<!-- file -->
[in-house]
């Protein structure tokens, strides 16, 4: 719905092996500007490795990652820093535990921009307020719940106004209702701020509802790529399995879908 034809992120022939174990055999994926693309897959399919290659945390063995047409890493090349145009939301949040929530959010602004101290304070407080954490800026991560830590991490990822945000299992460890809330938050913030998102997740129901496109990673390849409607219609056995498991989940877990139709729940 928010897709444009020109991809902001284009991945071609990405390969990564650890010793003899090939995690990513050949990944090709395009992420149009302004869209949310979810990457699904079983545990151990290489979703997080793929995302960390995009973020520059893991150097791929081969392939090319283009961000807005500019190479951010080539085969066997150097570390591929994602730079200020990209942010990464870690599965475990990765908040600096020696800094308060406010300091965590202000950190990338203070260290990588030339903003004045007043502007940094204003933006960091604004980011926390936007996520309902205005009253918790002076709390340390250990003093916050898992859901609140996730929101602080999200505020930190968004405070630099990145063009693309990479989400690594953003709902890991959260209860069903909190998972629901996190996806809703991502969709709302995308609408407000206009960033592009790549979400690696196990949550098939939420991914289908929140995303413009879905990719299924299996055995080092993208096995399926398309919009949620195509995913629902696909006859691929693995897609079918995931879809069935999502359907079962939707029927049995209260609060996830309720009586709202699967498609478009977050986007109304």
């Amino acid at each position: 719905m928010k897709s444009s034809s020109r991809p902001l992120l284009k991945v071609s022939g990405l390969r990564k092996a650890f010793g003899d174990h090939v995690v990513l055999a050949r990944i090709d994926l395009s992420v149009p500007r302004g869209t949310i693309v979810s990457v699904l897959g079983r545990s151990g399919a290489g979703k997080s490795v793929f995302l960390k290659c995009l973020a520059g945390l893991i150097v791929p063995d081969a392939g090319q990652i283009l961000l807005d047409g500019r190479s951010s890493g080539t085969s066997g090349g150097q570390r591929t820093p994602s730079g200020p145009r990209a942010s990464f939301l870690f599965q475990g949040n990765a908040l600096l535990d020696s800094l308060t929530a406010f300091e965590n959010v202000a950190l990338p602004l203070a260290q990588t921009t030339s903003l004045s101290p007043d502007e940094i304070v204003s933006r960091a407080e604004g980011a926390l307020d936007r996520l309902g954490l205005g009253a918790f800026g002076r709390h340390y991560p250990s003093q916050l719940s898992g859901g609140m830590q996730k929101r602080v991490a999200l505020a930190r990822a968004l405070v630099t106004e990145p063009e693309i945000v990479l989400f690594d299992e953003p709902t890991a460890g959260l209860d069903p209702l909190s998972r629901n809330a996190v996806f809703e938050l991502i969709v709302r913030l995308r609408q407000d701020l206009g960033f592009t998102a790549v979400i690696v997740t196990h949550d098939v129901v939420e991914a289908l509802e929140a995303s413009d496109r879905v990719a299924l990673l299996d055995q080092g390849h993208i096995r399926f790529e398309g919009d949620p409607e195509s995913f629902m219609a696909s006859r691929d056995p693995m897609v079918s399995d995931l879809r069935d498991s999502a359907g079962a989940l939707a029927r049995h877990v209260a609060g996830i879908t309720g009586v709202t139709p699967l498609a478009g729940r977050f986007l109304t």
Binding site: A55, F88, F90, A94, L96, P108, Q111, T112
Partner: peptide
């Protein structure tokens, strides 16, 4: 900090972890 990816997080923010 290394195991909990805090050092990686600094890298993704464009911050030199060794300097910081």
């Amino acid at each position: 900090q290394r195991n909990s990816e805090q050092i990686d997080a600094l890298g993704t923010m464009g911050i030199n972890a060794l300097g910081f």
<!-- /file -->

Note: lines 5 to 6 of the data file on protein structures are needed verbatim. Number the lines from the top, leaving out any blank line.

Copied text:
Partner: peptide
């Protein structure tokens, strides 16, 4: 900090972890 990816997080923010 290394195991909990805090050092990686600094890298993704464009911050030199060794300097910081």